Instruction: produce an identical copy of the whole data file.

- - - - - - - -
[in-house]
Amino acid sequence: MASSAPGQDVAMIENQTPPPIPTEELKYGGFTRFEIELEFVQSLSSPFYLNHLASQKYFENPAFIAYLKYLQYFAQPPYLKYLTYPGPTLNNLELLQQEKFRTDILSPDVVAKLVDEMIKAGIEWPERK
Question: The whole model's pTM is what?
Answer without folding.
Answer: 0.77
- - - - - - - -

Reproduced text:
[in-house]
Amino acid sequence: MASSAPGQDVAMIENQTPPPIPTEELKYGGFTRFEIELEFVQSLSSPFYLNHLASQKYFENPAFIAYLKYLQYFAQPPYLKYLTYPGPTLNNLELLQQEKFRTDILSPDVVAKLVDEMIKAGIEWPERK
Question: The whole model's pTM is what?
Answer without folding.
Answer: 0.77